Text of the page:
But, there is much more. They have the largest collection of marbles in the region displayed in large barrels—buy ‘em by the pound! Looking for an Orange Crush, RC Cola, Sugar Daddy or Kits? What about canned possum, stone-ground sawmill grits or firewood? The charm of Betty’s is the spirit of sensory adventure and the passion to serve that begins with owner-manager Darlene Broadway. “When I get up in the morning I can't wait to get down here, because every day is different from the next," Darlene says. "I can't imagine ever leaving. As long as I can walk and put the key in the front door.”
Get Customers Up Onstage
When Dottie Coven and Keith Stewart decided to tie the knot they wanted a unique venue for their special day—on a Southwest Airlines flight from Nashville to Dallas. They contacted Southwest and secured permission to have their wedding vows exchanged at 32,000 feet in front of 30 friends and family members as well as 111 strangers on board the flight. The most exciting part of the ceremony was the involvement of everyone on board. Passengers were asked to “push their flight attendant call button now” if anyone had a reason the adoring couple should not be joined in marriage. But, the part of the ceremony that created the most memorable moment was when flower girl Sydney passed out packages of peanuts to everyone instead of the usual rose petals.
Inclusion involves finding a way to invite customers to put skin in the game. The power lies more in the opportunity to participate than actual involvement. Most passengers on that Southwest flight knew that had they volunteered to be a part of the special ceremony, their services would have been equally welcomed. That means that they participated vicariously and had almost as much fun as the flower girl with the basket of peanuts.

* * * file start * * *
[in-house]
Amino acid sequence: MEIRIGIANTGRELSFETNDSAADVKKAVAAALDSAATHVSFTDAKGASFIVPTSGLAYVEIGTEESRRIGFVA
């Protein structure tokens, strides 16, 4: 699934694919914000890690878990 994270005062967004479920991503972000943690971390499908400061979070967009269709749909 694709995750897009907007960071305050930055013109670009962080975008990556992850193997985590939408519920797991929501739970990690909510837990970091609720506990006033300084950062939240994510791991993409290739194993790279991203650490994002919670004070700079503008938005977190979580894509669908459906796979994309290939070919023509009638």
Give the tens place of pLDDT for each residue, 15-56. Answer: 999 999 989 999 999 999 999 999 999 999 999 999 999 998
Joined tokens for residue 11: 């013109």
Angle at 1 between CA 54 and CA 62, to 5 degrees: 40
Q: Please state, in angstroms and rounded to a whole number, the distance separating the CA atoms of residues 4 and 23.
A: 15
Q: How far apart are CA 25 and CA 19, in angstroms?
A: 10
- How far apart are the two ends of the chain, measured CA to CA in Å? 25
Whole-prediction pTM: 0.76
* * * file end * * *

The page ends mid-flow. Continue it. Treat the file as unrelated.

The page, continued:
My wife and I broke the bank and bought a 3D television! Our motivation was primarily to provide a unique entertainment for our three granddaughters when they come for a visit. Along with the TV, we ordered a stack of 3D children’s movies—Toy Story, Brave, Frozen, the works. The first time they donned the cool glasses to watch the visual grandeur, they squealed and giggled and grabbed at images that seemed to come out into the living room. A couple of months later they went to Disney World and saw 4D. In addition to the images coming out into the theatre, the seats shook, the wind blew and they got misted with water. Walking out of the 4D theatre they asked, “When are you going to get a 4D TV?” Customers are bored with ho-hum, pretty good service. Today they want service in 4D.
Chip R. Bell is a renowned keynote speaker and the author of several best-selling books. His newest book is Sprinkles: Creating Awesome Experiences Through Innovative Service. He can be reached at www.chipbell.com.